The Beverage Guidance Panel, assembled to provide recommendations on relative health and nutritional benefits and risks of various beverage categories, found tea and coffee—preferably without creamer or sweetener—tied as the number-two healthiest beverages, second only to water, the top-rated drink.
Indeed, studies have shown many potential benefits to coffee consumption. For those infected with hepatitis C, for example, drinking coffee may reduce DNA damage, increase the clearance of virus-infected cells, and slow the scarring process, which may help explain the role coffee appears to play in reducing the risk of liver disease progression.
What about Parkinson’s, one of our most crippling neurodegenerative conditions? At least 19 studies have been performed on the role coffee may play in the disease, and overall, coffee consumption seems to be associated with about one-third lower risk. The key ingredient appears to be the caffeine, since tea also seems protective and decaf coffee does not. Like the berry phytonutrients, caffeine has been shown to protect human nerve cells in a petri dish from being killed by a pesticide and other neurotoxins. And for treating Parkinson’s? In a randomized controlled trial, giving Parkinson’s patients the caffeine equivalent of two cups of coffee a day (or approximately four cups of black tea or eight cups of green tea) significantly improved movement symptoms within three weeks.
The National Institutes of Health–AARP Diet and Health Study, the largest-ever prospective study conducted on diet and health, investigated whether people who drink coffee live longer lives than those who don’t and found that people who drank six or more cups per day had a 10–15 percent lower mortality rate due to fewer deaths from heart disease, respiratory disease, stroke, injuries and accidents, diabetes, and infections. However, when a study looked at people under the age of 55, the opposite effect was found: Drinking more than six cups of coffee daily was found to increase the risk of death. The bottom line, based on all the best studies to date, is that coffee consumption may indeed be associated with a small reduction in mortality, on the order of a 3 percent lower risk of premature death for each cup of coffee consumed daily. Don’t worry, it’s not “wake up and smell the coffee or don’t wake up at all”—the findings are less prescriptive than they are reassuring for those concerned about their coffee addiction.
We used to think caffeine might increase the risk of an irregular heart rhythm called atrial fibrillation, but when actual studies were performed, they revealed that caffeine intake does not appear to increase the risk of atrial fibrillation after all. Moreover, “low-dose” caffeine, which was defined as drinking fewer than about six cups of coffee a day, may even have a protective effect on heart rhythm.
Moderate caffeine consumption in healthy, nonpregnant adults is not only safe but has been found to potentially increase energy and alertness and enhance physical, motor, and cognitive performance. Researchers from Harvard University looked at data from three large-scale cohort studies of more than two hundred thousand American men and women. They found that people who drank two or more cups of coffee daily appeared to have about only half the suicide risk compared to non-coffee drinkers. What about drinking more than four cups a day? A Kaiser Permanente study of more than one hundred thousand people found that suicide risk seemed to continue to drop with increases in coffee dose. People who drank more than six cups a day were 80 percent less likely to commit suicide, though drinking eight or more cups a day has been associated with increased suicide risk.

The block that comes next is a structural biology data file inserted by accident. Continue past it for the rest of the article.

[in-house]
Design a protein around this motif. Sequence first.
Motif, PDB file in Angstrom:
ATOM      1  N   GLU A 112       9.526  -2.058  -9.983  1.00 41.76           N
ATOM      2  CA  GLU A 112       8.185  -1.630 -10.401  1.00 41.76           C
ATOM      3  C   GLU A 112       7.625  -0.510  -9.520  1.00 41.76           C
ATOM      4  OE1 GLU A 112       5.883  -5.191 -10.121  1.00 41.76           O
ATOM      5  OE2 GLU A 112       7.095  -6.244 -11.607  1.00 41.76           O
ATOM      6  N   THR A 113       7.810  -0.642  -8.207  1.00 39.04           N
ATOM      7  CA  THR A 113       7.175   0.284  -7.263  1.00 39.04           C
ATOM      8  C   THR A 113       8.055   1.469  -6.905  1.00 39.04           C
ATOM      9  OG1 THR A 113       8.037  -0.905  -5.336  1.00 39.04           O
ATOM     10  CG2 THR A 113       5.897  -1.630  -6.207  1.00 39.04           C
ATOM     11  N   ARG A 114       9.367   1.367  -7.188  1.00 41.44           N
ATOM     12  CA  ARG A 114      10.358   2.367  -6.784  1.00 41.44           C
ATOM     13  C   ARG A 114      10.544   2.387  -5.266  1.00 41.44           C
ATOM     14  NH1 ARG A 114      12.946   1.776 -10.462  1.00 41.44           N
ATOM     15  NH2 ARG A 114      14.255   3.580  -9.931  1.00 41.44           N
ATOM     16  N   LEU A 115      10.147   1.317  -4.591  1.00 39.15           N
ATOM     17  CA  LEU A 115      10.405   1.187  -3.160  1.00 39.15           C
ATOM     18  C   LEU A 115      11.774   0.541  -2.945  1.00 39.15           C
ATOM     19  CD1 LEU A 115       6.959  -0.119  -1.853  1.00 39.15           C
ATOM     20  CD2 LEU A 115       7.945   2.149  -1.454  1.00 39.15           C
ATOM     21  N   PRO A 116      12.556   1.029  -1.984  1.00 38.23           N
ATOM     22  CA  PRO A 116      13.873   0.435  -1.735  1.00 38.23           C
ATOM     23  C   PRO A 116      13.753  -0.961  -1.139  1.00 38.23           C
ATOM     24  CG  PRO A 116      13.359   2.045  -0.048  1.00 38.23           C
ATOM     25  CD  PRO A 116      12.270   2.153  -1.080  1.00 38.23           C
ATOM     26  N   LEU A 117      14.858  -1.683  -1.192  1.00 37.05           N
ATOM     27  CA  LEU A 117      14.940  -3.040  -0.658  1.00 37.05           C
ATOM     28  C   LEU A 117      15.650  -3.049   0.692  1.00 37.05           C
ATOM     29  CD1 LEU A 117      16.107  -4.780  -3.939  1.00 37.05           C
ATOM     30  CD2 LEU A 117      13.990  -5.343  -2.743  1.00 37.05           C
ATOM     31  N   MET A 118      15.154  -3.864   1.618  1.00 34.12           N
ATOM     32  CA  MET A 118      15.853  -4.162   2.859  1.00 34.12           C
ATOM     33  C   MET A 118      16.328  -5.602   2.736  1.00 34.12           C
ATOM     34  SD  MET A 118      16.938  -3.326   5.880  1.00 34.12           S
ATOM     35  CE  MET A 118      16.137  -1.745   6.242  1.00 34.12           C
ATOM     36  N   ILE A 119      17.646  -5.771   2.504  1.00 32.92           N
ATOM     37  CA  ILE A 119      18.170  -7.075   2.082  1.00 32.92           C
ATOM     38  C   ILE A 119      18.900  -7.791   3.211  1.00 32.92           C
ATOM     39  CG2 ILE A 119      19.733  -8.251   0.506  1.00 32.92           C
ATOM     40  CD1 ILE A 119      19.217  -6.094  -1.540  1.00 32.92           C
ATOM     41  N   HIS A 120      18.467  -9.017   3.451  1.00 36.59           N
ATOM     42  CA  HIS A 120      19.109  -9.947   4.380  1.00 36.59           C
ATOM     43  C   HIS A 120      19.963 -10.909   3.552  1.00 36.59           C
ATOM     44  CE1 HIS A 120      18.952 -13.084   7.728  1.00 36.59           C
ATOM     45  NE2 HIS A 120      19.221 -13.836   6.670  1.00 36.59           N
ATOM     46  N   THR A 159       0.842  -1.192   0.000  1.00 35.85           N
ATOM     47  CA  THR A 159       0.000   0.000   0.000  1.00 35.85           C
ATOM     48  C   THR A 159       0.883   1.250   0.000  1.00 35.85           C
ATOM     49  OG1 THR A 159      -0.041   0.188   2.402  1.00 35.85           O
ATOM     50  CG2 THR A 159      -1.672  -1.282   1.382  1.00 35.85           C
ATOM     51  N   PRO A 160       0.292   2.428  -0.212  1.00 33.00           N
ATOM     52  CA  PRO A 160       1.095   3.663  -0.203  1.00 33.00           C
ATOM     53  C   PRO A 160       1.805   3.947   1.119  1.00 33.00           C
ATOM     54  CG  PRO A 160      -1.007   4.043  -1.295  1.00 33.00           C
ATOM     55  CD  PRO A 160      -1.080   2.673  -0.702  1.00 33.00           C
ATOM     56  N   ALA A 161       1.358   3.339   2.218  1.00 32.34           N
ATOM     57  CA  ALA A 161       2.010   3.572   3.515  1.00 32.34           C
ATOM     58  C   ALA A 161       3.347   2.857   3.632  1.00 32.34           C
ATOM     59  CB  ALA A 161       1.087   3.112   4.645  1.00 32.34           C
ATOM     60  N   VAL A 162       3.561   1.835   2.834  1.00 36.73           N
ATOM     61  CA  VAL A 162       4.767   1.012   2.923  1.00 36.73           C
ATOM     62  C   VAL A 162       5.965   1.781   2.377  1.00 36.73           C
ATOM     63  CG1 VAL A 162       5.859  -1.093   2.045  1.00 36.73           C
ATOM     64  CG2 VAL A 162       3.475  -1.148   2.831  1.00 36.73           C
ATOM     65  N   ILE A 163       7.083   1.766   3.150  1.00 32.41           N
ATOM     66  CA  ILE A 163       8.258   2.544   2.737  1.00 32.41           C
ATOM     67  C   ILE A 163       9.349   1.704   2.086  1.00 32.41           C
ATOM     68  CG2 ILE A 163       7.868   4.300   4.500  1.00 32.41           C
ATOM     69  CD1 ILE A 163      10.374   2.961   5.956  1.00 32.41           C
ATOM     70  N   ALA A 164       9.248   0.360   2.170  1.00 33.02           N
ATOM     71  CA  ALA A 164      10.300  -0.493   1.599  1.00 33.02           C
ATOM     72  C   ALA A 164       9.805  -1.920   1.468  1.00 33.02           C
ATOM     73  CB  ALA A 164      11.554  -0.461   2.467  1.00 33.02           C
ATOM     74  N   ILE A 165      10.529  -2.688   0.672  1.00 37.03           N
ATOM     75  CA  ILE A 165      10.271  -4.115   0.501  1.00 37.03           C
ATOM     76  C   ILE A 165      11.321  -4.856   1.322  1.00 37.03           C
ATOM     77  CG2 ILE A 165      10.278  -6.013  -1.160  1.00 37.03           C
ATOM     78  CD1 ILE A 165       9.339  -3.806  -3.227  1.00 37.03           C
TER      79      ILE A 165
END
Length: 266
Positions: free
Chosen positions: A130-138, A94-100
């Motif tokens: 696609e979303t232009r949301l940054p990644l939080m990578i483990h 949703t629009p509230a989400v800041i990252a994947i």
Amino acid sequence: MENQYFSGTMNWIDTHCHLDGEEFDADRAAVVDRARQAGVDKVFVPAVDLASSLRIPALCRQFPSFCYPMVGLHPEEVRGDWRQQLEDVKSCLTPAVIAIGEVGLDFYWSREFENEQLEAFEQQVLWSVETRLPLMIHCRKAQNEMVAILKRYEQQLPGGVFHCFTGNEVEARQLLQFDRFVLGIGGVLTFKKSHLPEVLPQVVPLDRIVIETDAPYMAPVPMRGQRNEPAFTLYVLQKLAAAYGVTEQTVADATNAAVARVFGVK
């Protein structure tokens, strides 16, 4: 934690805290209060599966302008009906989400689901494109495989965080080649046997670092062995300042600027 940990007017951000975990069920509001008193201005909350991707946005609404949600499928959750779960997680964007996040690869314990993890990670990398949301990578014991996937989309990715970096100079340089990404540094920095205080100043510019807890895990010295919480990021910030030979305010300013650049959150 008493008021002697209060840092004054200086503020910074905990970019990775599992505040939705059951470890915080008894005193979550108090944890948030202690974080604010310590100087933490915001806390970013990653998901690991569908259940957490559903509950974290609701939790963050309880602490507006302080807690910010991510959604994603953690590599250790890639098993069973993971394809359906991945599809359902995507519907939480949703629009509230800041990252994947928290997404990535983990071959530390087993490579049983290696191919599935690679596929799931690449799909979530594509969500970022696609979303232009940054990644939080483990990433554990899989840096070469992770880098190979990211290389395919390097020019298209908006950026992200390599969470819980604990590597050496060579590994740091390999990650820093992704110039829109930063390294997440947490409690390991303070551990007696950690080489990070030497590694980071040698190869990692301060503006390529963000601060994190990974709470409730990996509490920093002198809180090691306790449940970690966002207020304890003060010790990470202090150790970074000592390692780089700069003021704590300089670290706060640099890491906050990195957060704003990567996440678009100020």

Coffee is not for everyone. For example, be careful if you have gastroesophageal reflux disease (GERD). While a population study found no link between coffee consumption and subjective symptoms of GERD, such as heartburn and regurgitation, scientists who actually stuck tubes down people’s throats to measure their pH found that coffee does seem to induce significant acid reflux (whereas tea does not). Daily coffee consumption is also associated with a slightly increased risk of bone fractures among women, but, interestingly, a decreased fracture risk among men. However, no association was found between coffee and hip fracture risk.
People with glaucoma, or perhaps even with merely a family history of glaucoma, may also want to stay away from caffeinated coffee. Coffee intake has been associated with urinary incontinence in both and men. And there are case reports of individuals with epilepsy having fewer seizures after laying off coffee, so avoiding it is certainly worth a try for people with seizure disorders.
Finally, it almost goes without saying that people who have trouble sleeping might not want to drink too much coffee. Just a single cup at night can cause a significant deterioration in sleep quality.
Image Credit: Amanda Rae. This image has been modified.
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